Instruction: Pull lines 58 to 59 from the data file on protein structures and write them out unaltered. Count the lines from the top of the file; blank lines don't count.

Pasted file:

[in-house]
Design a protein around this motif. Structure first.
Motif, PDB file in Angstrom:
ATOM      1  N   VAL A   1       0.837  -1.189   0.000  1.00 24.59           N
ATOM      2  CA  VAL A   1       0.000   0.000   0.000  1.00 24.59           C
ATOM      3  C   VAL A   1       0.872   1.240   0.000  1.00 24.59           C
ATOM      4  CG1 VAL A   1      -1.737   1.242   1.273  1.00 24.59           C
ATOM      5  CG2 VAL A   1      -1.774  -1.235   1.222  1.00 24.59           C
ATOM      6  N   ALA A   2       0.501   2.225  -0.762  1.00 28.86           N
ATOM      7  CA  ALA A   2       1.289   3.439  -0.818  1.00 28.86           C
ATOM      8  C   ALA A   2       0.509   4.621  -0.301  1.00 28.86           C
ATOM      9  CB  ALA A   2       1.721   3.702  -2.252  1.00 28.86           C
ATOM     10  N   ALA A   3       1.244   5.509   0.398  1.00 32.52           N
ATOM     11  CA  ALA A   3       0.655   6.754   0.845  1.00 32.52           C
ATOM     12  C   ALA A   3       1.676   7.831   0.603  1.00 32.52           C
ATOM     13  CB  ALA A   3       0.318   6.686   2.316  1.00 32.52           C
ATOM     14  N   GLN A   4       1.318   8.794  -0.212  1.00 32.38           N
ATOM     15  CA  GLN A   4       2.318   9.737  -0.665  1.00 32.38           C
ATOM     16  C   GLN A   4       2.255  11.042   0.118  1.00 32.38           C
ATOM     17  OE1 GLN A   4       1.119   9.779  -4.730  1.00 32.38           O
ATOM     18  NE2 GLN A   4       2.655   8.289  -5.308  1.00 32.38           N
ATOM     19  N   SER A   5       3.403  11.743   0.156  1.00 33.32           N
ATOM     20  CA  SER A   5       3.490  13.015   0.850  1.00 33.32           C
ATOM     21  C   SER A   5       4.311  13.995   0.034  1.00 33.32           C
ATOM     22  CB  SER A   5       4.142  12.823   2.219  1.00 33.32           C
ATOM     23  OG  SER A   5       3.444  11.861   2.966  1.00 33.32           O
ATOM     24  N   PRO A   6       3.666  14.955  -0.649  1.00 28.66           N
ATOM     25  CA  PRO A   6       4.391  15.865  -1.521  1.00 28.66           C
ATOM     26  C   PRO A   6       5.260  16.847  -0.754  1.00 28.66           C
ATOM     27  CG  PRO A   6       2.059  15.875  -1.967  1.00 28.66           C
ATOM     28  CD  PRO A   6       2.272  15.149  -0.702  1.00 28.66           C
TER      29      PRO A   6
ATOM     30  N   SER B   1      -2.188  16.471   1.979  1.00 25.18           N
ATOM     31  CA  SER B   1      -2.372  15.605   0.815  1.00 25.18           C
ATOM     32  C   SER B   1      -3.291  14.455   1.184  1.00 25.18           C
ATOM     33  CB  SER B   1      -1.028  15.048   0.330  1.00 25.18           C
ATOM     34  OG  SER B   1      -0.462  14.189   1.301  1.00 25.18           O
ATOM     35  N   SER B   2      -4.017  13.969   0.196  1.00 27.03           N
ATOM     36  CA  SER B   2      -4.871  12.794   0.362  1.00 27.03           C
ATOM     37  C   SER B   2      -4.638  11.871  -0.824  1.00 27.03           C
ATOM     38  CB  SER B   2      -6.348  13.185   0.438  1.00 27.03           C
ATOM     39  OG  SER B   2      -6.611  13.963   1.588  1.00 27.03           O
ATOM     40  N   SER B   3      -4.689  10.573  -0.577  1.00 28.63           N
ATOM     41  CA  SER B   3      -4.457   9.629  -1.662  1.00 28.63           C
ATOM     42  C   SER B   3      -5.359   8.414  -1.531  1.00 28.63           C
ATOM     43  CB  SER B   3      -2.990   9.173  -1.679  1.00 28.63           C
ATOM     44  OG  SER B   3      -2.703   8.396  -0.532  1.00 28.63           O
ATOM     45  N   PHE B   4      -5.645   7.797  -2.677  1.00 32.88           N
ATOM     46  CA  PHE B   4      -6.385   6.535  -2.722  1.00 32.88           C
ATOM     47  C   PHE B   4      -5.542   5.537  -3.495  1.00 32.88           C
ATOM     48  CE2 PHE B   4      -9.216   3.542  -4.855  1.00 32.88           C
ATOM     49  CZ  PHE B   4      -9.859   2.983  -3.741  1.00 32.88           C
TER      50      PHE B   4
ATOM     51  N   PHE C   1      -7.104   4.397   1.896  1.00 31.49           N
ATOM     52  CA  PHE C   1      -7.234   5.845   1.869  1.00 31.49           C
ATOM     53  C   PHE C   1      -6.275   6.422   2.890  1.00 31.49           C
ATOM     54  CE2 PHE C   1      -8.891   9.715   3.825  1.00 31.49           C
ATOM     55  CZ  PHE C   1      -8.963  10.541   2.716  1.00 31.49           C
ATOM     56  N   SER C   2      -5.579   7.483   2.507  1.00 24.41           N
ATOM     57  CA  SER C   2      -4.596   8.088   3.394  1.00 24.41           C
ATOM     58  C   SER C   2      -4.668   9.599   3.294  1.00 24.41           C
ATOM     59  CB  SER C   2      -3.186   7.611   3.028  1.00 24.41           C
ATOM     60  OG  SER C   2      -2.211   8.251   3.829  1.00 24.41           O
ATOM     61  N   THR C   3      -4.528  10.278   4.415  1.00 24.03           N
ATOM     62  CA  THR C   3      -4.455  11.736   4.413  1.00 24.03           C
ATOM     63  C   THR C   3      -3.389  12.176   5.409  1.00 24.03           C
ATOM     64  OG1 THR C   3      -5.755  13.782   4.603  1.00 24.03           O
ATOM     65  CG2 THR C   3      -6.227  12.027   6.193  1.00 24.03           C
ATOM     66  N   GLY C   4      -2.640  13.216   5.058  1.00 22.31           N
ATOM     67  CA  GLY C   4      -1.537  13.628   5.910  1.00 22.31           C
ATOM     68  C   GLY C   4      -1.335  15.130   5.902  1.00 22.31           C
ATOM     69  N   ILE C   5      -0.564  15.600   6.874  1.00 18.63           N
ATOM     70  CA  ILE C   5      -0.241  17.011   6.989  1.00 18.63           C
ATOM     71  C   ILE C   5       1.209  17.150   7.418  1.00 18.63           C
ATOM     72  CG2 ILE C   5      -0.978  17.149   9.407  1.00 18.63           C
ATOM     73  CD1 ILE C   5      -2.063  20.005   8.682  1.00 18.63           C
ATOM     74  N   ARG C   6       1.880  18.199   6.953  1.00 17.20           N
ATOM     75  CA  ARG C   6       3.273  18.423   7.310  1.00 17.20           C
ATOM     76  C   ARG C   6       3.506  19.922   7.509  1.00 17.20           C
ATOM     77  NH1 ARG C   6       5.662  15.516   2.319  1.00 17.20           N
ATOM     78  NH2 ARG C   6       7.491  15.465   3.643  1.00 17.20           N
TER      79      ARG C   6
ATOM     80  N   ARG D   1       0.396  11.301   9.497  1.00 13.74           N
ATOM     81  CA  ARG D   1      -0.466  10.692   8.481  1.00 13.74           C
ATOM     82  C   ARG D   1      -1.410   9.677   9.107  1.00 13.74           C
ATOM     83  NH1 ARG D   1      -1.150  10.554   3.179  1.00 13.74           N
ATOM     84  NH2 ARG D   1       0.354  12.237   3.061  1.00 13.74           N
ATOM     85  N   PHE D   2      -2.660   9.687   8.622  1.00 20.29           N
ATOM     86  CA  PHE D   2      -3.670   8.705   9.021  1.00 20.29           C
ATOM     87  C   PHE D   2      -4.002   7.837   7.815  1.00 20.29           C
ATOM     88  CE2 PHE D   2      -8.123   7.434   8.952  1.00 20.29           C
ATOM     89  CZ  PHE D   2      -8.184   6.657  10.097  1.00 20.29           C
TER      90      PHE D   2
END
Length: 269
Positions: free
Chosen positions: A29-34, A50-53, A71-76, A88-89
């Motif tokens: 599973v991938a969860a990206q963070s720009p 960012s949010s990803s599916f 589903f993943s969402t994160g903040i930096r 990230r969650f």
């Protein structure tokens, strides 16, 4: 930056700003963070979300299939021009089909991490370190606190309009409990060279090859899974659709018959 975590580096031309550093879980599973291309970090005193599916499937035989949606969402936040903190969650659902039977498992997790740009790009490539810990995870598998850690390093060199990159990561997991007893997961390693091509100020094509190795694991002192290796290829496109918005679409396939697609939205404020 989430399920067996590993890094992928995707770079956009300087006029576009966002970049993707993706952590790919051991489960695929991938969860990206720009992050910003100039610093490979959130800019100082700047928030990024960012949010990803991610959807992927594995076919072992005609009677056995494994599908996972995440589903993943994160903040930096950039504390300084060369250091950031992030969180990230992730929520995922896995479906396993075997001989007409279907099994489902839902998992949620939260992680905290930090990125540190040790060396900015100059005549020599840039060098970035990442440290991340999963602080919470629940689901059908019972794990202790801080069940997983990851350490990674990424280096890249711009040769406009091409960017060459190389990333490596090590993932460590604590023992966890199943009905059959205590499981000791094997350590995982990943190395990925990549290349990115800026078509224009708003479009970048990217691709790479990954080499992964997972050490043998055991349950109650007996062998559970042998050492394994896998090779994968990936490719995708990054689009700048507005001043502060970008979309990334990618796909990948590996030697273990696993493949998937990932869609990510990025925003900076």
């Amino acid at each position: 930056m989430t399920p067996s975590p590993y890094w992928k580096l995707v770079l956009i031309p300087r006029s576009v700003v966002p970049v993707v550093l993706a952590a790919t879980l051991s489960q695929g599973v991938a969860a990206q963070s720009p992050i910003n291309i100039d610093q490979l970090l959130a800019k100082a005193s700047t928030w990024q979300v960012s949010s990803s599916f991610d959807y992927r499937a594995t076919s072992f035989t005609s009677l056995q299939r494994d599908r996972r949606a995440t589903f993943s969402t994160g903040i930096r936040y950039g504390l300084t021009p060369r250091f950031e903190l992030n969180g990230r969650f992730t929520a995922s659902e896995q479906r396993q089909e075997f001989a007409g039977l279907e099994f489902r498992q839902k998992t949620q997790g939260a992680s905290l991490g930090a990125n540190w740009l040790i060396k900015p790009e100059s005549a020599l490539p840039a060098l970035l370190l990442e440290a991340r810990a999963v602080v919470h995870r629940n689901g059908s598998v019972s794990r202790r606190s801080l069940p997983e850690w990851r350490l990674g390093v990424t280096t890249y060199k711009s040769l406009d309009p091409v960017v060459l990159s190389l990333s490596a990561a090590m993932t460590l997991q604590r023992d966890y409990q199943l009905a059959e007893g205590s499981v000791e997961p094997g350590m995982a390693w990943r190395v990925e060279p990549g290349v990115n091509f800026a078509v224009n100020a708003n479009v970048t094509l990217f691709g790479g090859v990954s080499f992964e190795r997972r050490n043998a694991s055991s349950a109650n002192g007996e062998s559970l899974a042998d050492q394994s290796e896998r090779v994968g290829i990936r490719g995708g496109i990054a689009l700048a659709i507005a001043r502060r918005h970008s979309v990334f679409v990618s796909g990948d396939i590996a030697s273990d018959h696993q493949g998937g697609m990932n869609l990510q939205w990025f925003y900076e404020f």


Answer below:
ATOM     55  CZ  PHE C   1      -8.963  10.541   2.716  1.00 31.49           C
ATOM     56  N   SER C   2      -5.579   7.483   2.507  1.00 24.41           N